Homework: Nonprofit seed libraries don’t require license | TribLIVE.com
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Nonprofit, community-based seed libraries in Pennsylvania are not subject to the licensing, labeling and testing required of commercial seed distributors in the Seed Act of 2004, according to a clarification issued by the Pennsylvania Department of Agriculture.

A statewide coalition — led by the Pennsylvania Association for Sustainable Agriculture, Grow Pittsburgh, the Public Interest Law Center and members of the Pittsburgh Food Policy Council — worked with the Pennsylvania Department of Agriculture to clarify the Seed Act.

The act was originally applied to a seed library at the Joseph T. Simpson Library in Mechanicsburg, which severely limited its operations.

The number of seed libraries has surged in recent years. According to the Association for Sustainable Agriculture, there are an estimated 26 seed libraries across the Commonwealth, with more than 350 nationwide.

Westmoreland Cleanways takes TVs from any county

Westmoreland Cleanways Recycling Center in Unity is still accepting televisions in its recycling program.

Many waste collection companies and recycling centers have discontinued picking up televisions because of restrictions in the state Covered Device Recycling Act, which went into effect in 2013.

“We and our recycling partner, JVS Environmental, are committed to serving our communities with a convenient recycling option for your unwanted electronics, as the law intended,” said Ellen Keefe, executive director of Westmoreland Cleanways. “We have the support of our county commissioners and other funders to keep the program alive. Everyone is welcome; you don’t have to be a resident of Westmoreland County to recycle with us.”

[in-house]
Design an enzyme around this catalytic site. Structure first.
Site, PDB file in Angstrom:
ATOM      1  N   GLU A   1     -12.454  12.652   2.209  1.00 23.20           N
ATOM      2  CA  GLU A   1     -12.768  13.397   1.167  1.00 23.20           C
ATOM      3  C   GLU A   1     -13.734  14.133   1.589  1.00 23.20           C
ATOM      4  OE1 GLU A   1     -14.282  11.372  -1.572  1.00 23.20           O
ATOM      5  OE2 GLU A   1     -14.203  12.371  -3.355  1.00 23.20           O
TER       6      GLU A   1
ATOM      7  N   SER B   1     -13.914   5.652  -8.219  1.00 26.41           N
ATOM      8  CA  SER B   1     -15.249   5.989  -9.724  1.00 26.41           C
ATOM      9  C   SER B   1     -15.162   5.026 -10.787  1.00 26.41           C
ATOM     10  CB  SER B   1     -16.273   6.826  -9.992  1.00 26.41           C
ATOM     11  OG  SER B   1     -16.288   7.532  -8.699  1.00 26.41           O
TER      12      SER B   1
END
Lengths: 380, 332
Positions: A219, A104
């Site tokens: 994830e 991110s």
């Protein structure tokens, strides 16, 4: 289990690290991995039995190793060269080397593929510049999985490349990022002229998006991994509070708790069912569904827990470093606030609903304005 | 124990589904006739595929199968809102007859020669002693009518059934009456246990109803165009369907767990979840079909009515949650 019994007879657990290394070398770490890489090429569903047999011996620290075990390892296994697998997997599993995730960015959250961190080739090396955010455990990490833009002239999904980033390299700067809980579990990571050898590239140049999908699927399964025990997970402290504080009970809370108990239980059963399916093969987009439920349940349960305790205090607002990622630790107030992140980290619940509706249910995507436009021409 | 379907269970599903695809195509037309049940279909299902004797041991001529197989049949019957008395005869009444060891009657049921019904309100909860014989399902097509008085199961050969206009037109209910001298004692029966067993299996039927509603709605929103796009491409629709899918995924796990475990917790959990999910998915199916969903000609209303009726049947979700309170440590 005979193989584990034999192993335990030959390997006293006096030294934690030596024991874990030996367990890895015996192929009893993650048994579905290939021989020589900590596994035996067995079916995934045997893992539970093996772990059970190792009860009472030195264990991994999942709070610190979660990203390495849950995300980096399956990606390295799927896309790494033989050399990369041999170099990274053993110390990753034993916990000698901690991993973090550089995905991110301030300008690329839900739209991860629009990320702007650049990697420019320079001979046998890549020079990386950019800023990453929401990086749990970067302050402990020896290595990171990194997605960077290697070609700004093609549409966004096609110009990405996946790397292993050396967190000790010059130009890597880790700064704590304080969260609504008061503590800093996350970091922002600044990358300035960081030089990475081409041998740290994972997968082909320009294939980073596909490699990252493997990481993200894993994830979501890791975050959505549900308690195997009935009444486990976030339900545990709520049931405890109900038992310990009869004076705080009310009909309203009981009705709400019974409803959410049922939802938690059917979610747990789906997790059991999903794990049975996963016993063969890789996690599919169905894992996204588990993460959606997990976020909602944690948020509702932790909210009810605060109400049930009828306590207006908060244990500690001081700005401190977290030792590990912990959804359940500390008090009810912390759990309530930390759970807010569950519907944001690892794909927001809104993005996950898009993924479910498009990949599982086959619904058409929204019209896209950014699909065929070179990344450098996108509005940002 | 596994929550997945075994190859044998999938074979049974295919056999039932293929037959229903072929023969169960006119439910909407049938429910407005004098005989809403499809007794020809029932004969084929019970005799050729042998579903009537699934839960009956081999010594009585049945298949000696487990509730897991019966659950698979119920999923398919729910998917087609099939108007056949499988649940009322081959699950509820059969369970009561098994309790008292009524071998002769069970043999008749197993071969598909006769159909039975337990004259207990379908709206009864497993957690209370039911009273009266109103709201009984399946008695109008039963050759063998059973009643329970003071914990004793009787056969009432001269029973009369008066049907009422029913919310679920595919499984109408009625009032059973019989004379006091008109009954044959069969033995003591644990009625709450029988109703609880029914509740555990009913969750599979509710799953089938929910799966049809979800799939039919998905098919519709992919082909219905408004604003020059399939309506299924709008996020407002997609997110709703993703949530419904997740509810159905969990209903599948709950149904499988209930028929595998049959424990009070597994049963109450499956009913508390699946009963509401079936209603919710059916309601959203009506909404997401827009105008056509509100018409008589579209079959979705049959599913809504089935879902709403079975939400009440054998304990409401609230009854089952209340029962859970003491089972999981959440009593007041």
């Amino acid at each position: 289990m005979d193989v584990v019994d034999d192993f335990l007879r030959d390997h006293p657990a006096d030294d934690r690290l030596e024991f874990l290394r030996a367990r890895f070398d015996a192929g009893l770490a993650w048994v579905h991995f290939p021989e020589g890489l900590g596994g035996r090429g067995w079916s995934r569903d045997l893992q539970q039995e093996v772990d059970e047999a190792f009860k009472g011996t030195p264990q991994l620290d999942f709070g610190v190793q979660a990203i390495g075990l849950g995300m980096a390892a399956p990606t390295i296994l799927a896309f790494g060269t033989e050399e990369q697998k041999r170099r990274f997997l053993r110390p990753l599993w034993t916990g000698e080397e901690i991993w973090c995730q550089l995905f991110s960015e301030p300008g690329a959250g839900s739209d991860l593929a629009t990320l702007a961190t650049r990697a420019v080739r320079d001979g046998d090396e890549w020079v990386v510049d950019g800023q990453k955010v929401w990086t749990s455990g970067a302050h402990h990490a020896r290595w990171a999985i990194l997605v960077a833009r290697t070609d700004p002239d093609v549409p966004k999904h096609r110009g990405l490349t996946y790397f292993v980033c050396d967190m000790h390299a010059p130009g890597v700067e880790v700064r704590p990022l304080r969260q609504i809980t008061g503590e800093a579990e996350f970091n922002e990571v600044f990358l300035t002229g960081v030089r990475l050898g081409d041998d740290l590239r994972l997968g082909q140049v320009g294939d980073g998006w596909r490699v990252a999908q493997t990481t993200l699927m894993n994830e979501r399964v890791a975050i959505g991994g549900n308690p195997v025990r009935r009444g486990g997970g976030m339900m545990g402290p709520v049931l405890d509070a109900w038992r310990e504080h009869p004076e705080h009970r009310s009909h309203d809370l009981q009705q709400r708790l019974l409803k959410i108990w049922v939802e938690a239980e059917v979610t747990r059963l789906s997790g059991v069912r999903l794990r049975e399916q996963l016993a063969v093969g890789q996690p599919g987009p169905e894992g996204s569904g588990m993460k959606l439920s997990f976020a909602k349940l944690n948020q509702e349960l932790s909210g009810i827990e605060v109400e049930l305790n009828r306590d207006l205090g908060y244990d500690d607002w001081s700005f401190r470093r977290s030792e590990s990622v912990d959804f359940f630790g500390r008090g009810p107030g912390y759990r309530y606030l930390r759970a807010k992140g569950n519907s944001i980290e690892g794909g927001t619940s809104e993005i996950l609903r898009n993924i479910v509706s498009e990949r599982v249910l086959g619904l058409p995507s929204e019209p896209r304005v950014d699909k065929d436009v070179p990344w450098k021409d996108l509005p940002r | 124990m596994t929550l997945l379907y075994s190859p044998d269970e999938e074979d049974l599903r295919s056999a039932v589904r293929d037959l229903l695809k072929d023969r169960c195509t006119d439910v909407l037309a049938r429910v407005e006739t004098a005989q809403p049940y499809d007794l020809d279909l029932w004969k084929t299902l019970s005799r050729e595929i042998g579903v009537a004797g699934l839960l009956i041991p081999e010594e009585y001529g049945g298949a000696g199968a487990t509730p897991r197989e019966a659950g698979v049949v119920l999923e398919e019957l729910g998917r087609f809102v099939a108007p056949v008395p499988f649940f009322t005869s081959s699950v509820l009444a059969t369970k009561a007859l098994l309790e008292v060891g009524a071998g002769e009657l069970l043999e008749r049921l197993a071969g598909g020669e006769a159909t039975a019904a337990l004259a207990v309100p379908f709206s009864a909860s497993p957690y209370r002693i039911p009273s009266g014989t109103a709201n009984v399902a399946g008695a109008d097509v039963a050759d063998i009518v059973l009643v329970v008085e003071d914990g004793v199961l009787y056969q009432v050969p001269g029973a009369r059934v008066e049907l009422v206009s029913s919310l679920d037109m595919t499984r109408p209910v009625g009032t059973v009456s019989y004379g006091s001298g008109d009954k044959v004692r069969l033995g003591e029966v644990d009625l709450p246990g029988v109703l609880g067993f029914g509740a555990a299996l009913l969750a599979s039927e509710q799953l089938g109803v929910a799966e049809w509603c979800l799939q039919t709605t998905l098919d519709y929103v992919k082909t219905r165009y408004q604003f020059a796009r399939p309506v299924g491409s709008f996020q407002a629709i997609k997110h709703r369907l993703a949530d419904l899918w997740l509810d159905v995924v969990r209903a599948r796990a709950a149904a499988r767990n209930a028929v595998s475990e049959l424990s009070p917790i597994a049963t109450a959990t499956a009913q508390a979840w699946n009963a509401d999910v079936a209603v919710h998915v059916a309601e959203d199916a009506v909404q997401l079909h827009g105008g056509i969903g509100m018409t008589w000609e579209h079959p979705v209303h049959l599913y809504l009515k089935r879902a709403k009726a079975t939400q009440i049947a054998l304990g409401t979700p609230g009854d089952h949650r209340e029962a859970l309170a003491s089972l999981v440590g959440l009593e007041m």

Located in Innovative Park near Beatty Crossroads, the recycling center is open from noon to 5 p.m. Mondays, 8 a.m. to 1 p.m. Wednesdays and Fridays and 8:30 a.m. to noon the second Saturday of every month to accept televisions and all other electronics at no charge. The recycling center accepts Freon appliances, tires and fluorescent tube light bulbs for a fee. Scrap metal, used motor oil, batteries of all kinds, cardboard and mixed paper can be recycled at no charge.

Details: 724-879-4020 or westmorelandcleanways.org

Where’s Doug?

• On March 19, Doug Oster, Tribune-Review home and garden editor, is presenting “Growing Everything Organically (Including Roses)” at 1:30 p.m. at the Mt. Lebanon Public Library. Oster will cover soil preparation, planting tips and gardening without chemicals. The event is free, open to the public and no registration is required. It is sponsored by the Pittsburgh Rose Society and the Mt. Lebanon Garden tour committee. The library is at 16 Castle Shannon Blvd.

Details: 412-531-1912 or mtlebanonlibrary.org

• Oster will host an exclusive tour of the Phipps Conservatory and Botanical Garden Spring Flower Show, “Masterpieces in Bloom,” led by exhibit coordinator Jordyn Melino on March 20. He also will take participants to the Hunt Institute for Botanic Documentation on the same day to see the current exhibit, “Great Expectations.” Visitors will tour the exhibit with curator Lugene Bruno. The only cost is the price of admission to Phipps. Registration is required.

Details: blog.triblive.com/dougoster

— Staff and wire reports

Send Homework items to Features in care of Sue Jones, Tribune-Review, D.L. Clark Building, 503 Martindale St., Pittsburgh, PA 15212; fax 412-320-7966; or email [email protected].

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